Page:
Migrant Communities Step Up To The Mantle Of Tangata Tiriti
New Zealand’s multicultural communities are leading the hikoi to a Treaty-based Aotearoa this weekend (16-17th April 2021). Multicultural New Zealand (MNZ) is taking 50 community leaders from around New Zealand on a journey from Auckland up to Waitangi to plant a tree on the Grounds as a gesture of commitment to te Tiriti o Waitangi.
MNZ’s President, Pancha Narayanan, sees this as a momentous occasion. “Never before in the history of te Tiriti has something like this been done,” he says. “We are only able to call this beautiful land home by the grace of tangata whenua and te Tiriti. We want to show that we recognise that, and that we are ready to honour our side of the agreement.”
Guided by hau kainga (local people) from Whangarei, including Northland rangatira Taipari Munro, the group will also be stopping in Whangarei and Ruapekapeka to learn more of the history and meaning of te Tiriti o Waitangi.
Narayanan emphasises that it is specifically the reo Maori version of te Tiriti that the multicultural communities will endorse. He also acknowledges that this gesture does not come without a long history of whakawhanaungatanga (building relationships) with tangata whenua first. “We do not see enough recent migrants with a relationship with tangata whenua, or an awareness of te Tiriti. This needs to change. How can we call New Zealand home if we have not been welcomed by the people of this land or we do not know its founding agreement?”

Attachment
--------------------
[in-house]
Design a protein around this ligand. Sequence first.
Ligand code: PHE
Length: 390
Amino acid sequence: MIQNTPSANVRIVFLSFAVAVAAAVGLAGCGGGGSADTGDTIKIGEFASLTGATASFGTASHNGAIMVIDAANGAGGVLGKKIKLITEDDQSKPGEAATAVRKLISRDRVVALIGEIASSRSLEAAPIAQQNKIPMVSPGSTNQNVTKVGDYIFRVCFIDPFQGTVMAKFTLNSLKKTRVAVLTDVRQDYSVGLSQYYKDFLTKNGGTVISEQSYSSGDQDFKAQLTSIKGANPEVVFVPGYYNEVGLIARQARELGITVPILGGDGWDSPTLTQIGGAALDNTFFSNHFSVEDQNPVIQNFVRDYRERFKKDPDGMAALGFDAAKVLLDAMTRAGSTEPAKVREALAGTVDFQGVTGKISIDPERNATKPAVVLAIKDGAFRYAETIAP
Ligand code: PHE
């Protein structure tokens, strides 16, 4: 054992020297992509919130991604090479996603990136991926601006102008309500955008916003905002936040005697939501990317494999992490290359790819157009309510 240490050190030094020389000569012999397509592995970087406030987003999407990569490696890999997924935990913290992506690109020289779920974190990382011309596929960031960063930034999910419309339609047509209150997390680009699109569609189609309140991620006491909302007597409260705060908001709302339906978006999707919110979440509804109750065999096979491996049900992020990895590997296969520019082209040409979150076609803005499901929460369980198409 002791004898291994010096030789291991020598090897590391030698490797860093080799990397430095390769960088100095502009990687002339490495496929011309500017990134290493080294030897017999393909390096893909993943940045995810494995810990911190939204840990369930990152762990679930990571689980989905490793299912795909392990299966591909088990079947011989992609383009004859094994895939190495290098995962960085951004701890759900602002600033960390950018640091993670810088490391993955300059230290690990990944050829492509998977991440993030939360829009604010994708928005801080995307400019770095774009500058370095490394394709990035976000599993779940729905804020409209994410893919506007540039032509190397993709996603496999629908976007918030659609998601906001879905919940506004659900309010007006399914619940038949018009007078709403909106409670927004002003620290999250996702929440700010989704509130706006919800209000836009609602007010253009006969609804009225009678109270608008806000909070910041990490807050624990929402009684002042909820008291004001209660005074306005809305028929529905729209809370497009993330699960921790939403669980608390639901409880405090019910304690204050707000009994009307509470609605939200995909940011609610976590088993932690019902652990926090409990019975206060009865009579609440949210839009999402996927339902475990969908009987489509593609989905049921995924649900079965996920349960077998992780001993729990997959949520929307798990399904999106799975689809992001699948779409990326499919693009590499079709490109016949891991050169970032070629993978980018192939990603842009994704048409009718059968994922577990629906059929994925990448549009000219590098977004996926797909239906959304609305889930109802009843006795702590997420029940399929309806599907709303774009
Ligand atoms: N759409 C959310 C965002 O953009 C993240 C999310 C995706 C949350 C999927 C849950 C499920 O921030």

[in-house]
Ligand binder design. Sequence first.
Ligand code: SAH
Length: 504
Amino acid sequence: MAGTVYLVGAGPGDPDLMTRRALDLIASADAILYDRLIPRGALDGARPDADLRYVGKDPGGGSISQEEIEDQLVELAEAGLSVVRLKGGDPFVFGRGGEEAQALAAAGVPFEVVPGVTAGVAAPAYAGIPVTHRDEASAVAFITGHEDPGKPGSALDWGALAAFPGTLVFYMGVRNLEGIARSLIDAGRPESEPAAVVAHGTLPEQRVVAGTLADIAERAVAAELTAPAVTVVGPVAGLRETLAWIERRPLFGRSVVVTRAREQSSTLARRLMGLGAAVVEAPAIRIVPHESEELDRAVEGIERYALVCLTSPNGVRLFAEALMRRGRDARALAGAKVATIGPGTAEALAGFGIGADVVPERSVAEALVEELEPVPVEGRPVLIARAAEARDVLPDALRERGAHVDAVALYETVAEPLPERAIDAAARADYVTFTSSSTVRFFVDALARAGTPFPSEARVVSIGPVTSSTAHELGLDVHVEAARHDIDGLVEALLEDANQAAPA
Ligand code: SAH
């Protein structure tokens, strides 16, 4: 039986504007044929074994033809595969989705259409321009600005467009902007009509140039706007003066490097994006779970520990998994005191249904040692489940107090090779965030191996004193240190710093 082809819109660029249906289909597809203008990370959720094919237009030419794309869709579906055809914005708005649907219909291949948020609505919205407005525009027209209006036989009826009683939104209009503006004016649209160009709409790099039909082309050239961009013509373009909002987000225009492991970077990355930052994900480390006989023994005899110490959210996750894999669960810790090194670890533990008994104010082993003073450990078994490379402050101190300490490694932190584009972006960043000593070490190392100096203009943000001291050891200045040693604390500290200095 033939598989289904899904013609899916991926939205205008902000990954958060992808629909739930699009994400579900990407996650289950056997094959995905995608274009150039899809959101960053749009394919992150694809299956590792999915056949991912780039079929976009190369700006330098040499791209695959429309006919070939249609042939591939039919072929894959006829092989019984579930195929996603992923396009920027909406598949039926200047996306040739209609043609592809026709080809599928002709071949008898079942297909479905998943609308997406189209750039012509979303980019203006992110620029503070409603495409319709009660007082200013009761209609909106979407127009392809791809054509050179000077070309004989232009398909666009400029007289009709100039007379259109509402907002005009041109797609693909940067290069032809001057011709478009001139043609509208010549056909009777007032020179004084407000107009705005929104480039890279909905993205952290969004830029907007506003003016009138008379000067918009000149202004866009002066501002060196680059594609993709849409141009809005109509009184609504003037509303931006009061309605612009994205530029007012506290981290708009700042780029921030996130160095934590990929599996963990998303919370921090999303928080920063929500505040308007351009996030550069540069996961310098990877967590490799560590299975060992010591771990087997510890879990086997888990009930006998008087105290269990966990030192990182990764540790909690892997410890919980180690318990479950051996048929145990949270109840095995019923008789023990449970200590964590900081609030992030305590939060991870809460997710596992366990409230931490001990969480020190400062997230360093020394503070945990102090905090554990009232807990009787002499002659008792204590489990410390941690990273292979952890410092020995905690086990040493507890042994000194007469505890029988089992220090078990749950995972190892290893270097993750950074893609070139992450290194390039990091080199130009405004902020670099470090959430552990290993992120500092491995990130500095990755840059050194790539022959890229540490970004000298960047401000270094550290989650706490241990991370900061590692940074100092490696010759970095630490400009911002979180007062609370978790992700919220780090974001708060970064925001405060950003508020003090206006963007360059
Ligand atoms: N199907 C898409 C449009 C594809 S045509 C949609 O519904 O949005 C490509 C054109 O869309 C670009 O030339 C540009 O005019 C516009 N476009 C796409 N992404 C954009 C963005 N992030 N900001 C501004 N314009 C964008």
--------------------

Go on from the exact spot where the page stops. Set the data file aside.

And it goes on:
The kaupapa has received national applause from senior figures in both iwi and crown bodies, and is sponsored by the Ministry of Culture and Heritage, the Ministry of Social Development, and the Office of Ethnic Communities. The wider kaupapa that this hikoi belongs to is MNZ’s “Huarahi Hou” initiative.
MNZ have, with the help of the Northland haukainga (local people), Multicultural Whangarei, chosen a strong young Kauri tree to plant on the Waitangi Grounds. The tree has been named “Mokopuna”, and is dedicated to a united, Tiriti-based, multicultural future for Aotearoa. The group will be formally welcomed onto the grounds by mana whenua to plant the tree. “It will be a historic day; we can all feel the wairua building.” Narayanan comments. “We want all of our ancestors to see this.”